Joseph F. Ryter

Joseph Francis Ryter ( born February 4, 1914 in Hartford, Connecticut; † February 5, 1978 in West Hartford, Connecticut ) was an American politician. Between 1945 and 1947 he represented the state of Connecticut in the U.S. House of Representatives.


Joseph Ryter attended the common schools and St. Thomas Seminary in Bloomfield. Then he studied until 1935 at Trinity College in Hartford. After a subsequent study of law and its made ​​in 1938 admitted to the bar he began in Hartford to work in his new profession. Between 1939 and 1941 he worked first as an administrative officer at the police court, and thereafter until 1943 at the Municipal Court of Hartford.

Ryter was a member of the Democratic Party. In 1940 he was a delegate to the Democratic National Convention in Chicago, was nominated to the President Franklin D. Roosevelt for a third term. In the congressional elections of 1944, which were held all across the state for the sixth deputy seat of Connecticut, he was in the U.S. House of Representatives in Washington DC chosen, where he became the successor of the Republican BJ Monkiewicz on January 3, 1945. Since losing to Antoni Sadlak already at the next elections in 1946, Ryter was able to complete up to January 3, 1947, only one term in Congress, which was determined by the events of World War II and the immediate postwar period.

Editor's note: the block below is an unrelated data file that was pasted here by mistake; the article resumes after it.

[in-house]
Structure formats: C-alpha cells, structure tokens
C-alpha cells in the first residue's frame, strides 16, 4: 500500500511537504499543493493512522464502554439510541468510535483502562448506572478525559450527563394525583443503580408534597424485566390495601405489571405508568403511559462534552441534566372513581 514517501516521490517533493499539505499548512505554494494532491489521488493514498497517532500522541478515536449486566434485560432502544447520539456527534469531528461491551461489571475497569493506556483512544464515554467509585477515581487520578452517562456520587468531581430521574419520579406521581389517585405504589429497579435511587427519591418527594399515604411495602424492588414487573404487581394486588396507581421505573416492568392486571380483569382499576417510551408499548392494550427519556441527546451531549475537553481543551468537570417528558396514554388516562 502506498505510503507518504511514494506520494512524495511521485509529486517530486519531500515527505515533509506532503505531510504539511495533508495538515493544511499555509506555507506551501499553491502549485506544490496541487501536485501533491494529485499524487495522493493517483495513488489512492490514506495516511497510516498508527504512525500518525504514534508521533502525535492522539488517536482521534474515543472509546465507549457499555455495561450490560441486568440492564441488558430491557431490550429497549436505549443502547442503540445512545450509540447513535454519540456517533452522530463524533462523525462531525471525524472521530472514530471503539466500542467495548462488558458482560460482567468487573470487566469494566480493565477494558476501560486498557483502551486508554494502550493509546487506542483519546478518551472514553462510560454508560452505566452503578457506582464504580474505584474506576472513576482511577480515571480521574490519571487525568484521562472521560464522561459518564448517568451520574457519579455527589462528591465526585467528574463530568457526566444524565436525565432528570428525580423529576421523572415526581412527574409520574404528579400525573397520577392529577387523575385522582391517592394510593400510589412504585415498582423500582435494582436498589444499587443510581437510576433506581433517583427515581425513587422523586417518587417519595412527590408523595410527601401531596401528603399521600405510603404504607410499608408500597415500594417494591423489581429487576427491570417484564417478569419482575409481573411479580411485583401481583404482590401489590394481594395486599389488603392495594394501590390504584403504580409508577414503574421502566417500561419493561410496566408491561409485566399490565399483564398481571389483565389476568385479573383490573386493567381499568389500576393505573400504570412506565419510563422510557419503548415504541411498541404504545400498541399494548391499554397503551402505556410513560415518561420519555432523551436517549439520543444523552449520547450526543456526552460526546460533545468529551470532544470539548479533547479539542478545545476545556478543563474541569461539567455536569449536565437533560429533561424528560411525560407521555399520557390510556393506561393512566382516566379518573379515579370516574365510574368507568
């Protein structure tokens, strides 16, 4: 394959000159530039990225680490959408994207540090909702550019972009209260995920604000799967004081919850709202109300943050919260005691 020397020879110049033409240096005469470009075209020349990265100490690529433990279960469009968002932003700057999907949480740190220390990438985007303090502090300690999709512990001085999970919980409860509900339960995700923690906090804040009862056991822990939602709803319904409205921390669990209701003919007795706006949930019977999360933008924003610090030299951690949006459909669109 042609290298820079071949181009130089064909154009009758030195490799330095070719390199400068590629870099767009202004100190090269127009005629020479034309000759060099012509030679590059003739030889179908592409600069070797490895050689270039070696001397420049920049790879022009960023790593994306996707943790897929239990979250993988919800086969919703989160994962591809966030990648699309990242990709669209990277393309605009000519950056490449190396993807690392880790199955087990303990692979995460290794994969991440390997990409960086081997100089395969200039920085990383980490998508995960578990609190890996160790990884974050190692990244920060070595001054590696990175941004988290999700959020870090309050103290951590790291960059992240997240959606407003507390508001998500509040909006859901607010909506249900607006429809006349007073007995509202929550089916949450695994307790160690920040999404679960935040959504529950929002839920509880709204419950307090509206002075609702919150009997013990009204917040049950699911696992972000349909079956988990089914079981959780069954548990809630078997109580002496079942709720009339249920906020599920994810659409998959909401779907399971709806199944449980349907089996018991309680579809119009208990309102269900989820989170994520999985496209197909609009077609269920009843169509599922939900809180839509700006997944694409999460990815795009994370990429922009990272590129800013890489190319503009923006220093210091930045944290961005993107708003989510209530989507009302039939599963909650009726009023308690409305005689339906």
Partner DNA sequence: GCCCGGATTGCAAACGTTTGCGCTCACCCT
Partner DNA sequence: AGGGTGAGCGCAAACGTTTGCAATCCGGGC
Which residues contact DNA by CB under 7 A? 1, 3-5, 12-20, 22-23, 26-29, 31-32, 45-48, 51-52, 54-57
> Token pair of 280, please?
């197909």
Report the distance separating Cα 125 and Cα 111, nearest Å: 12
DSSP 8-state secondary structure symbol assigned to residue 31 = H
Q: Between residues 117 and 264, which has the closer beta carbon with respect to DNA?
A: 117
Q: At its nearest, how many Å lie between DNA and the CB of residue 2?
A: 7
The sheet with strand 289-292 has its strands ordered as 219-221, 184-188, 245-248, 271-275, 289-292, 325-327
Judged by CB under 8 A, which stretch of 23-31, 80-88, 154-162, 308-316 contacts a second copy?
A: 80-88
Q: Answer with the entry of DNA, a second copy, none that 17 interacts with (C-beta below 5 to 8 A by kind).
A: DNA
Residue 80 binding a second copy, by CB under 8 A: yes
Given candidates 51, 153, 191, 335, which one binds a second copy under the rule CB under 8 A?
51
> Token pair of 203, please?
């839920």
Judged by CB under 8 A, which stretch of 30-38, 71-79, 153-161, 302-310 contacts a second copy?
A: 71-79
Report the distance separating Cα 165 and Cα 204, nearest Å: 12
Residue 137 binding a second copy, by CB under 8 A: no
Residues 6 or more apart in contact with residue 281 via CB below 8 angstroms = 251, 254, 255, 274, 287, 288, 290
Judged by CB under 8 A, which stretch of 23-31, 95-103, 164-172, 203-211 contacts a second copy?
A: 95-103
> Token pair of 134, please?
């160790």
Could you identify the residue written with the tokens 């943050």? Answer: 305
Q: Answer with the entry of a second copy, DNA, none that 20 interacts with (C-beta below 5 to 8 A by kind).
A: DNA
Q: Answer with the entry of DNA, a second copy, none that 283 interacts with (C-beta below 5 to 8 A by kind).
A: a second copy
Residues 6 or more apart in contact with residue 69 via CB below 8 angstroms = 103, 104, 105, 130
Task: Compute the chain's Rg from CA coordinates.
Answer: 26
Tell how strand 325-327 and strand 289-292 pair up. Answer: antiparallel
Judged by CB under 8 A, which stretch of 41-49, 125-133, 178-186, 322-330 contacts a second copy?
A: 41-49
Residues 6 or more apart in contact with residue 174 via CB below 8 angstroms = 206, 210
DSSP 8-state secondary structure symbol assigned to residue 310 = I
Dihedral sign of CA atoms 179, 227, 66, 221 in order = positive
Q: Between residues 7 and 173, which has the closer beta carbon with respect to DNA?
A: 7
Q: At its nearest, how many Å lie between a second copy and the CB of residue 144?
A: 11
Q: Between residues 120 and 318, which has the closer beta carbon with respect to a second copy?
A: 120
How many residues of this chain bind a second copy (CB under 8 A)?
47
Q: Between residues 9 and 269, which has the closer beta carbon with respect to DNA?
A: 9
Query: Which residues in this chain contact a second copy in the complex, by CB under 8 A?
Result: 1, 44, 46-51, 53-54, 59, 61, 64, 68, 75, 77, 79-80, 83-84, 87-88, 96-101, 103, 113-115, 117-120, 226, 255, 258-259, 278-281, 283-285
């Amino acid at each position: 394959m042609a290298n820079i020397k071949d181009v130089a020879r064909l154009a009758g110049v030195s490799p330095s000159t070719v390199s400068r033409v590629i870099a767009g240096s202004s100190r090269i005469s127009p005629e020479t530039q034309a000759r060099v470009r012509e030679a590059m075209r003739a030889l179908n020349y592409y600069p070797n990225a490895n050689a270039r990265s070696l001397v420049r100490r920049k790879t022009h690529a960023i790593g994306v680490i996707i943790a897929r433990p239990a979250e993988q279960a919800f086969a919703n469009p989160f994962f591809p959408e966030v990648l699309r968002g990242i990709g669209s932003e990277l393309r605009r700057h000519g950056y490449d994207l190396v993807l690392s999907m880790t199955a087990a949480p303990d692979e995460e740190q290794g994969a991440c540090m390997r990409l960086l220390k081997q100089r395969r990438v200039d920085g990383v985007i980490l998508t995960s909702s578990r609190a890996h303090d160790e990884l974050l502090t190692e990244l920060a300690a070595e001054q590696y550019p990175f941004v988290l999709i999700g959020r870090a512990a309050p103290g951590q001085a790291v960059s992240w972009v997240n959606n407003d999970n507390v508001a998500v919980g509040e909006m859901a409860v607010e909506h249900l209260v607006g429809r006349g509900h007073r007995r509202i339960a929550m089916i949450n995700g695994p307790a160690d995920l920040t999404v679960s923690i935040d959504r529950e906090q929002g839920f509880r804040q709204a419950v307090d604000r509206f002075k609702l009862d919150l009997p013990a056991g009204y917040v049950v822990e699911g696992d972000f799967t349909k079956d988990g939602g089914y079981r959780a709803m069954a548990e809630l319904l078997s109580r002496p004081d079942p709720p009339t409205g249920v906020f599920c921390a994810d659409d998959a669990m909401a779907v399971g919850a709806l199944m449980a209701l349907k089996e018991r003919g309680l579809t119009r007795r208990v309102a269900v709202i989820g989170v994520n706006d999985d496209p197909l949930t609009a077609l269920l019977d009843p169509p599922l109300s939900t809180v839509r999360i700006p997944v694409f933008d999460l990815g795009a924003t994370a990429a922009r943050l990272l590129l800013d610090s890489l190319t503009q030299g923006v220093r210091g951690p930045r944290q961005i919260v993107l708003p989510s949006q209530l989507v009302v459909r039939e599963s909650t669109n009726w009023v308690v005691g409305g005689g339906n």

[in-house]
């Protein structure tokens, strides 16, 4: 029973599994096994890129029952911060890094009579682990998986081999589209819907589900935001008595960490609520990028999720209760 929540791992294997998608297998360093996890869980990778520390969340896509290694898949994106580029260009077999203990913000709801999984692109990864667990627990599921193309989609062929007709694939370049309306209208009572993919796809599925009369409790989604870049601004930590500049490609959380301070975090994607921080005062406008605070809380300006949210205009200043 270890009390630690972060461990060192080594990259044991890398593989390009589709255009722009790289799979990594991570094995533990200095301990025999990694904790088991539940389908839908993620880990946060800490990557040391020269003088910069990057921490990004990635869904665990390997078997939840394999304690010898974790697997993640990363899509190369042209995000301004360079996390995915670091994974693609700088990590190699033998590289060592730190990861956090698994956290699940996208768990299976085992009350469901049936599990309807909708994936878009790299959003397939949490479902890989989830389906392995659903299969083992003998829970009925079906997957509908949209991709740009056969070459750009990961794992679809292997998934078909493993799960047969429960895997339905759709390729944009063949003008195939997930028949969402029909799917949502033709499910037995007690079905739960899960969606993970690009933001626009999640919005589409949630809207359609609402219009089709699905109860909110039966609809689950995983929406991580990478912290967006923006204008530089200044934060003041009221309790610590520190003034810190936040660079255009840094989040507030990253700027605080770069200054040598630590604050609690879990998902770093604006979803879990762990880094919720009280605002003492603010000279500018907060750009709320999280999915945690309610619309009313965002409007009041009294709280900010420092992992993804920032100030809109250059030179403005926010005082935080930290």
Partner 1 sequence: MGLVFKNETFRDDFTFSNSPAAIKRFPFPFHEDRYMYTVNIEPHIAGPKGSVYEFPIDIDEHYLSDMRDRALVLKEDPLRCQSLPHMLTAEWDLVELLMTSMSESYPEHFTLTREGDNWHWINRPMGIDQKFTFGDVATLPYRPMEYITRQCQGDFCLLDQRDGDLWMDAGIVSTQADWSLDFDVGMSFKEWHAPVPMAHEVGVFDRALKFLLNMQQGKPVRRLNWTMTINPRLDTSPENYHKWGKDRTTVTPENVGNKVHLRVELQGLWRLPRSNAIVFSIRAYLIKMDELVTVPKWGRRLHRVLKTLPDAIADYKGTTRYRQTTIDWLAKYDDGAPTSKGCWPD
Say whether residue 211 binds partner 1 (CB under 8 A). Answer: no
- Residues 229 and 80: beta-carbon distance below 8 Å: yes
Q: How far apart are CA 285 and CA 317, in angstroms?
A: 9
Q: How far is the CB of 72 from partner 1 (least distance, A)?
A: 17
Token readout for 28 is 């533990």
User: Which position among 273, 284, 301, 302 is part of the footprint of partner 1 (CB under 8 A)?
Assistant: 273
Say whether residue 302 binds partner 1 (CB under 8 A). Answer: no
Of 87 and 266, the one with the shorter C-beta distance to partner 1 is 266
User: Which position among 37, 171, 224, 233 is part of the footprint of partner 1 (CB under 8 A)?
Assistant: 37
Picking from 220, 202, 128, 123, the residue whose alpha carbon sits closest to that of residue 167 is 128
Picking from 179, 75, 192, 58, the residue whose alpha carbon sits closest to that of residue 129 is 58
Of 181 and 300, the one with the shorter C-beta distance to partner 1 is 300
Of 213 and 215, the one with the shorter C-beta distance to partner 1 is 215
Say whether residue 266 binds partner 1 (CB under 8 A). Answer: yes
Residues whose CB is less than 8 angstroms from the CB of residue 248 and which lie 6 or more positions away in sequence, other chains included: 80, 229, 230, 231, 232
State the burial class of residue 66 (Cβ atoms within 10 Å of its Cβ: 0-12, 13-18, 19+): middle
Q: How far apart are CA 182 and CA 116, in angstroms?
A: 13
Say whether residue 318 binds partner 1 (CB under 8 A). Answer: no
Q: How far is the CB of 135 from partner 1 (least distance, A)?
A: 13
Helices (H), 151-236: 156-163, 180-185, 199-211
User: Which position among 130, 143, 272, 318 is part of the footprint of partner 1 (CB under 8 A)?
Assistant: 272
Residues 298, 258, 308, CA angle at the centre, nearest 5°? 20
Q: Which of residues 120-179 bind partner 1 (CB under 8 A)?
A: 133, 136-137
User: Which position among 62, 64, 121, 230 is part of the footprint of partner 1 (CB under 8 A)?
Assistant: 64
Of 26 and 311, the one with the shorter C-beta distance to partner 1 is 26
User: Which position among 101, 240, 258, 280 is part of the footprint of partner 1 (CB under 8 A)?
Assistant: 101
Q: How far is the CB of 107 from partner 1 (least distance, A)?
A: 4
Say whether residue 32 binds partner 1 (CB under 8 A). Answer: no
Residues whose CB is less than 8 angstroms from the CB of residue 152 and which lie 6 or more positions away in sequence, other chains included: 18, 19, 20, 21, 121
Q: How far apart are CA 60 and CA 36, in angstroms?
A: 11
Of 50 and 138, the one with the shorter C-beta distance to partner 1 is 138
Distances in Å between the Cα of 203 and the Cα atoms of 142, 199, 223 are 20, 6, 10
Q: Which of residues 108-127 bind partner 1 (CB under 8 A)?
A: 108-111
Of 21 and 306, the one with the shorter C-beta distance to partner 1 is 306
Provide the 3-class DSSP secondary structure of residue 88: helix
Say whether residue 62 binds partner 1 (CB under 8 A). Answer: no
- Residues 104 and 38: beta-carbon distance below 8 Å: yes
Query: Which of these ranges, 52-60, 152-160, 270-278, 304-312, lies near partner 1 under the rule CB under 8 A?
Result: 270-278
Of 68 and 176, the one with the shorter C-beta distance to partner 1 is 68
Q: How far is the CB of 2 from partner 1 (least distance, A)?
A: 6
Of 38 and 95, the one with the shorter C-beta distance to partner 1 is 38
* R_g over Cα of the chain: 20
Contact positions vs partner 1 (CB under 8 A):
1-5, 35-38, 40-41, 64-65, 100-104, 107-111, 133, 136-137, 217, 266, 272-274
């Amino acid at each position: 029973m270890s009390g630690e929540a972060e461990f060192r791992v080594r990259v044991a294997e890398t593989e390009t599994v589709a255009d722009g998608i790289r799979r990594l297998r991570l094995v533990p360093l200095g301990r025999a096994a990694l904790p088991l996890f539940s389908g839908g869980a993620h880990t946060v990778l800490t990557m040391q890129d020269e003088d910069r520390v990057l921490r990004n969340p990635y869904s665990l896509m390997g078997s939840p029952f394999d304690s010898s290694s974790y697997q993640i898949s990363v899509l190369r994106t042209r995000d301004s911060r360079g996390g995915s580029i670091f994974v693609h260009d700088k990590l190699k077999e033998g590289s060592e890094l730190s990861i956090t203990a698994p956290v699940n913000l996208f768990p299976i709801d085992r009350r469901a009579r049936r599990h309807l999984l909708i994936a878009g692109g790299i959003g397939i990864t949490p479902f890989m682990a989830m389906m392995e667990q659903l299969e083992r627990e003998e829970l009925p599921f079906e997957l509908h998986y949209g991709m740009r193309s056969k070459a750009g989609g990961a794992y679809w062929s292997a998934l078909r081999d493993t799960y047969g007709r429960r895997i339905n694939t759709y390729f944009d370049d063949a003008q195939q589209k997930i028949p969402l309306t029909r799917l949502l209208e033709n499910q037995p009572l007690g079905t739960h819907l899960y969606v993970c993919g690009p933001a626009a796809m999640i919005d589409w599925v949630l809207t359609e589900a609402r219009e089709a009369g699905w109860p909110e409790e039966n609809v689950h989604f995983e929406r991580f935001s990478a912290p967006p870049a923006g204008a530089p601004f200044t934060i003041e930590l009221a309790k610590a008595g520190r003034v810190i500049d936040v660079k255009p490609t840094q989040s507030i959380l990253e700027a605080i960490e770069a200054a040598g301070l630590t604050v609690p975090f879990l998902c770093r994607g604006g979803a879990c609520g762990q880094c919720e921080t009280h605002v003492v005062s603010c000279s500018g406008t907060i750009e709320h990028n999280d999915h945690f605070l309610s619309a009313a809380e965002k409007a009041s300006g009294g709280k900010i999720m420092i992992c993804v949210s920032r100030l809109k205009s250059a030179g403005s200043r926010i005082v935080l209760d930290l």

After the end of his time in the U.S. House of Representatives, Joseph Ryter withdrew from politics and resumed the lawyer. He died on February 5, 1978, one day after his 64th birthday, in West Hartford and was buried in Bloomfield.